He said 17 of 21 precincts "decisively" supported approving recreational marijuana, including what he called super-majority backing in East Arlington. He said the meeting had a "moral obligation" to voters.
Members ask questions
In response to Ted Sharpe (7), Bunnell said at least three licenses would be available under Gersh amendment, but the other motions "would push them out of town entirely."
Andrew Fischer (6) said he supports regulated openings, but feared the town's ability to govern the process. The Select Board can't regulate nips, he said.
Debate ended on a vote of 160-21-1.
For the motions to amend, Gersh's failed, 47-151-0; Worden's, 25-174-0; and Reynolds's, 12-162-1.
The main motion passed, 177-20-2.
Town Yard explanations
To explain why the Town Yard on Grove Street needs a makeover, DPW Director Mike Rademacher said it had exceeded its useful life.
Help for the yard, which began in 2013 and continued with a feasibility study in 2016, is needed, as it was last renovated in the 1970s. The site offers special challenges, as it sits on hazardous waste, MWRA easements and the Mill Brook.
About twice a year, Rademacher said, the garage gets a foot of water when Mill Brook overflows.
A complete design for the yard, which dates to the early 1900s, is required. Current buildings do not meet code, need repair, have poor ventilation and lighting as well as inadequate room for employees.
He said that the area of the yard, estimated at 95,000 square feet, is likely to be reduced.
Ties to AHS rebuild
A rebuilt yard may include the town Facilities Department and IT, both now at the high school. Talks are underway about what nonschool facilities may have to move in the light of the high rebuild.
Also under discussion is possible access from AHS to Grove Street over the yard as well as DPW use of the Peirce practice filed for parking. Town Manager Adam Chapdelaine has issued a memo laying out alternatives >>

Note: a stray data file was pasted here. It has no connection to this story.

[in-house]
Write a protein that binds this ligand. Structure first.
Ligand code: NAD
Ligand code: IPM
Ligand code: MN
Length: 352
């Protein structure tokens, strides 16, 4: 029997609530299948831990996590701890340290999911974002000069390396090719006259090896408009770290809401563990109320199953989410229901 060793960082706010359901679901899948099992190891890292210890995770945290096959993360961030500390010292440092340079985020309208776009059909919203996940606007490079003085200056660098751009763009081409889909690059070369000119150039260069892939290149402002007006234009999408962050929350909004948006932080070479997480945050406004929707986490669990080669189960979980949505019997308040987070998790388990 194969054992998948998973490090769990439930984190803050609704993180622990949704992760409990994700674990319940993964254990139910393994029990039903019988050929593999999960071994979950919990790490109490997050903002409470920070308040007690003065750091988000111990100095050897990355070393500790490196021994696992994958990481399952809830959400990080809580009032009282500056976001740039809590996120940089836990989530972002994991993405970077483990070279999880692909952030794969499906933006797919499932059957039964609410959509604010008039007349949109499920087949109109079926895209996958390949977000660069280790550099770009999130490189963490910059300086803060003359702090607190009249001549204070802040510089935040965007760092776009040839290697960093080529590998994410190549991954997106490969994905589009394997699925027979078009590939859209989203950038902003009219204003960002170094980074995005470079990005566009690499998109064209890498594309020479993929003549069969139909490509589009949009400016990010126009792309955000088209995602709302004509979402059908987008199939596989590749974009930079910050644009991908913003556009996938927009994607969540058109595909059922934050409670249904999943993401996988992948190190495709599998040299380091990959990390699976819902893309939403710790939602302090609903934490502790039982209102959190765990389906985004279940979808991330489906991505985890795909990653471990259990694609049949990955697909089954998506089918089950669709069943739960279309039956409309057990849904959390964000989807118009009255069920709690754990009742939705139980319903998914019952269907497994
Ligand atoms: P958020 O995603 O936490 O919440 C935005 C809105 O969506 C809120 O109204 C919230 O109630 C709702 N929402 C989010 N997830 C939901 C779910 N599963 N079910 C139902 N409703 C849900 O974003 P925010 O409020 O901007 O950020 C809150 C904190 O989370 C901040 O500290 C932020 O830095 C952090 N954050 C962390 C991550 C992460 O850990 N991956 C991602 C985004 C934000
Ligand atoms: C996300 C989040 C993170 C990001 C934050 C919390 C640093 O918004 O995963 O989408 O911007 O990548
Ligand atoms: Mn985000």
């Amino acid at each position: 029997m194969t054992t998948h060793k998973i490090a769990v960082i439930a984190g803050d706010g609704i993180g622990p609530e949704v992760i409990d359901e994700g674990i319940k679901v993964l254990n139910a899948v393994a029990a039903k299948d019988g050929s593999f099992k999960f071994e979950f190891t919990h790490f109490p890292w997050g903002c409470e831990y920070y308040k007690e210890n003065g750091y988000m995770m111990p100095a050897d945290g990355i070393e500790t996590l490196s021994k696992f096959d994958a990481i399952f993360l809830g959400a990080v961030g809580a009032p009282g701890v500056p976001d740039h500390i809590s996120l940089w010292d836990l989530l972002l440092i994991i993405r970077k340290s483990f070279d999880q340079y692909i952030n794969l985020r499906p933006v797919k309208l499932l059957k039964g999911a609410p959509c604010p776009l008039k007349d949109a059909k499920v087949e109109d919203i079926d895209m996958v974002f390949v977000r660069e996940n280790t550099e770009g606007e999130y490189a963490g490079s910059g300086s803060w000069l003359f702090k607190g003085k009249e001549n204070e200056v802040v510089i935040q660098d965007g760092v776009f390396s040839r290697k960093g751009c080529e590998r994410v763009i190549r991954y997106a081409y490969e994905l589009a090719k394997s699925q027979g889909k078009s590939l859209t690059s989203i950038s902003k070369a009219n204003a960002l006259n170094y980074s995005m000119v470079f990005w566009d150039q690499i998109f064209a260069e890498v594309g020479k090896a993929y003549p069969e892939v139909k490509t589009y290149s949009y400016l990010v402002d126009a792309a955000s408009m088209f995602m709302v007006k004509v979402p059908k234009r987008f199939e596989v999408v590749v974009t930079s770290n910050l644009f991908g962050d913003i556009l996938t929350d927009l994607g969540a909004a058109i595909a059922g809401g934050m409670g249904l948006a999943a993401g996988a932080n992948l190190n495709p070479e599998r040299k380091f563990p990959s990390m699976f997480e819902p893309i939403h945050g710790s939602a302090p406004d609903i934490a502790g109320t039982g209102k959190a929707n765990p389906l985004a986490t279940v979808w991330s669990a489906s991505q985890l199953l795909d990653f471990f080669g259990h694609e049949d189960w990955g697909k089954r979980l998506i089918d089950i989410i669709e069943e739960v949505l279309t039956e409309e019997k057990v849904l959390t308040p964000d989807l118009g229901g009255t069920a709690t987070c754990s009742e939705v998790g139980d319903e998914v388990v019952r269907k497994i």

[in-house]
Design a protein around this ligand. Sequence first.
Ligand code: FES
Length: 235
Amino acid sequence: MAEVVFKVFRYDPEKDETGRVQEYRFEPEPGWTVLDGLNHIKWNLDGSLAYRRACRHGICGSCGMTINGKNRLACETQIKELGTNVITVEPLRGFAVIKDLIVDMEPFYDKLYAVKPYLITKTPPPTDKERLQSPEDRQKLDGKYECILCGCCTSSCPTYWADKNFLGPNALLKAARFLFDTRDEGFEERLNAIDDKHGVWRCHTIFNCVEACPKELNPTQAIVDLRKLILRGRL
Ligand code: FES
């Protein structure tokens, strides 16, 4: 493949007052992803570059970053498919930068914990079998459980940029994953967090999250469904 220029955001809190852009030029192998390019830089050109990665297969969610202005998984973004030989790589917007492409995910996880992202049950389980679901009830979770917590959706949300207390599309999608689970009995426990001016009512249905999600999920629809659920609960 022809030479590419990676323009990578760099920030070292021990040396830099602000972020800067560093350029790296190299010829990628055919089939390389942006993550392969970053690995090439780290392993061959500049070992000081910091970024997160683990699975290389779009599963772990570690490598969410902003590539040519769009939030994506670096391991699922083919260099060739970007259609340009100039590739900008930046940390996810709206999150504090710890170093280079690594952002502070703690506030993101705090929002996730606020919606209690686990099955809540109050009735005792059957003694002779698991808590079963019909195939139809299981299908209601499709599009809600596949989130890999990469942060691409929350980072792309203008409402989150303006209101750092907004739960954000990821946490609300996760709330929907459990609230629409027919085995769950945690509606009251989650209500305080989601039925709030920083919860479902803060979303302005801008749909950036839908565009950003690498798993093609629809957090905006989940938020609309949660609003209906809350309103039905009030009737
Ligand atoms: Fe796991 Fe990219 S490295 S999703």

Patricia Worden (8) objected to paving over the practice field and asked that officials look into an inadequate culvert.
John Leonard (17) expressed hope that the paving would not have be done twice -- first for the yard project and then for the rebuild.
Chapdelaine agreed, but said the phasing of designs are not yet known.
"It makes no sense to spend so much on vehicles and have them out in elements," Fincom Chairman Allan Tosti said.
A final vote on the project is expected at next spring's Town Meeting.
Jamieson expressed concern about the lack of opportunities for public comment about the DPW project. The manager pointed out that the Permanent Town Building Committee, which would review the plans, meets every two weeks.,
The vote to end debate was 143-2, and the vote to support the meeting article was 180-9.
Read the warrant below as well as the link to the Redevelopment Board's report on marijuana zoning >>
Motions to amend Article 2 (Gersh, Worden, Reynolds) >>
Read the Finance Committee report >>
Read the Capital Planning report >>
Read the Rainbow Commission report >>
Oct. 26, 2018: Water St. medical-marijuana dispensary opens
This news announcement was published Thursday, Sept. 27, 2018, and updated Dec. 6, to provide a full summary.